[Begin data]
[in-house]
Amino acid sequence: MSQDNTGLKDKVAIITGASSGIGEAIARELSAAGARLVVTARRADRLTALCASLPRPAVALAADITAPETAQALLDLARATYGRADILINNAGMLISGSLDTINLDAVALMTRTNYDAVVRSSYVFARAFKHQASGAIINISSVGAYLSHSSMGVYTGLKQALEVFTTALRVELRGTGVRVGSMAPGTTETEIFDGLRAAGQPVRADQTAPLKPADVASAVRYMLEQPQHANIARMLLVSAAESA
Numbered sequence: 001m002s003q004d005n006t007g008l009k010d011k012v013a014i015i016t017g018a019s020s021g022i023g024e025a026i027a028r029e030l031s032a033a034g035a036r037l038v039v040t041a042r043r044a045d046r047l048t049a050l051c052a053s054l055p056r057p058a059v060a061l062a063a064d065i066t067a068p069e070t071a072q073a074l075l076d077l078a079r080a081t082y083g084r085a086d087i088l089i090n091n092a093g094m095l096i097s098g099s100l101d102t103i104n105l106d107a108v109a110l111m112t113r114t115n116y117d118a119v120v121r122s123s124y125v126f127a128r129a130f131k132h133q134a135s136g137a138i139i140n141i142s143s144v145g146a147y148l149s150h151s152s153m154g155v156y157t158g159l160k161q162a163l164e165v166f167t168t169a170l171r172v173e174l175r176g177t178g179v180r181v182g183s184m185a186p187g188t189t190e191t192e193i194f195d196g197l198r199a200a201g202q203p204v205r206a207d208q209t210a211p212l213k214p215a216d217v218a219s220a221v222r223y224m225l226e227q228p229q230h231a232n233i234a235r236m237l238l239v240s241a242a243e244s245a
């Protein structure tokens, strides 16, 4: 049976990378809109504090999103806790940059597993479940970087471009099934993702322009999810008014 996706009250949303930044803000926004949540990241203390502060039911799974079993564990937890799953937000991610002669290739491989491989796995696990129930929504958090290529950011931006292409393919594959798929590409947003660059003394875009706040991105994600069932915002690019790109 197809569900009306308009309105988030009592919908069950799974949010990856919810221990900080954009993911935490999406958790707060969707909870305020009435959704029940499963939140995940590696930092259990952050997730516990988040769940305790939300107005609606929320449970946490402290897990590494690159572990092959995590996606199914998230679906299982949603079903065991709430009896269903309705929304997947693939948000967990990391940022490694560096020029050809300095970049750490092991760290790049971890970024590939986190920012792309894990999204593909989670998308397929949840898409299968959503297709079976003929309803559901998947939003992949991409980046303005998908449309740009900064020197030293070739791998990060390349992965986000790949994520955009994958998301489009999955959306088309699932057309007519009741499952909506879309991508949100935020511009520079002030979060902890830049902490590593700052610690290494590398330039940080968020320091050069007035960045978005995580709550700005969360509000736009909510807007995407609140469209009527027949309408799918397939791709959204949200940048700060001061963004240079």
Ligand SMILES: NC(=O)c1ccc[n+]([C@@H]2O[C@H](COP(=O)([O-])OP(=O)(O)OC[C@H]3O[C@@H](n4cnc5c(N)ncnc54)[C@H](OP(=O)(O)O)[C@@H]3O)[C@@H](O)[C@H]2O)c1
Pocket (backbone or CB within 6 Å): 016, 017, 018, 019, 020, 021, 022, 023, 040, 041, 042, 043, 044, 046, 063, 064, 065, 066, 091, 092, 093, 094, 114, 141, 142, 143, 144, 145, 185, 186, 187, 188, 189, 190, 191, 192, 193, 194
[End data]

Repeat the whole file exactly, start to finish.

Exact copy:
[in-house]
Amino acid sequence: MSQDNTGLKDKVAIITGASSGIGEAIARELSAAGARLVVTARRADRLTALCASLPRPAVALAADITAPETAQALLDLARATYGRADILINNAGMLISGSLDTINLDAVALMTRTNYDAVVRSSYVFARAFKHQASGAIINISSVGAYLSHSSMGVYTGLKQALEVFTTALRVELRGTGVRVGSMAPGTTETEIFDGLRAAGQPVRADQTAPLKPADVASAVRYMLEQPQHANIARMLLVSAAESA
Numbered sequence: 001m002s003q004d005n006t007g008l009k010d011k012v013a014i015i016t017g018a019s020s021g022i023g024e025a026i027a028r029e030l031s032a033a034g035a036r037l038v039v040t041a042r043r044a045d046r047l048t049a050l051c052a053s054l055p056r057p058a059v060a061l062a063a064d065i066t067a068p069e070t071a072q073a074l075l076d077l078a079r080a081t082y083g084r085a086d087i088l089i090n091n092a093g094m095l096i097s098g099s100l101d102t103i104n105l106d107a108v109a110l111m112t113r114t115n116y117d118a119v120v121r122s123s124y125v126f127a128r129a130f131k132h133q134a135s136g137a138i139i140n141i142s143s144v145g146a147y148l149s150h151s152s153m154g155v156y157t158g159l160k161q162a163l164e165v166f167t168t169a170l171r172v173e174l175r176g177t178g179v180r181v182g183s184m185a186p187g188t189t190e191t192e193i194f195d196g197l198r199a200a201g202q203p204v205r206a207d208q209t210a211p212l213k214p215a216d217v218a219s220a221v222r223y224m225l226e227q228p229q230h231a232n233i234a235r236m237l238l239v240s241a242a243e244s245a
């Protein structure tokens, strides 16, 4: 049976990378809109504090999103806790940059597993479940970087471009099934993702322009999810008014 996706009250949303930044803000926004949540990241203390502060039911799974079993564990937890799953937000991610002669290739491989491989796995696990129930929504958090290529950011931006292409393919594959798929590409947003660059003394875009706040991105994600069932915002690019790109 197809569900009306308009309105988030009592919908069950799974949010990856919810221990900080954009993911935490999406958790707060969707909870305020009435959704029940499963939140995940590696930092259990952050997730516990988040769940305790939300107005609606929320449970946490402290897990590494690159572990092959995590996606199914998230679906299982949603079903065991709430009896269903309705929304997947693939948000967990990391940022490694560096020029050809300095970049750490092991760290790049971890970024590939986190920012792309894990999204593909989670998308397929949840898409299968959503297709079976003929309803559901998947939003992949991409980046303005998908449309740009900064020197030293070739791998990060390349992965986000790949994520955009994958998301489009999955959306088309699932057309007519009741499952909506879309991508949100935020511009520079002030979060902890830049902490590593700052610690290494590398330039940080968020320091050069007035960045978005995580709550700005969360509000736009909510807007995407609140469209009527027949309408799918397939791709959204949200940048700060001061963004240079």
Ligand SMILES: NC(=O)c1ccc[n+]([C@@H]2O[C@H](COP(=O)([O-])OP(=O)(O)OC[C@H]3O[C@@H](n4cnc5c(N)ncnc54)[C@H](OP(=O)(O)O)[C@@H]3O)[C@@H](O)[C@H]2O)c1
Pocket (backbone or CB within 6 Å): 016, 017, 018, 019, 020, 021, 022, 023, 040, 041, 042, 043, 044, 046, 063, 064, 065, 066, 091, 092, 093, 094, 114, 141, 142, 143, 144, 145, 185, 186, 187, 188, 189, 190, 191, 192, 193, 194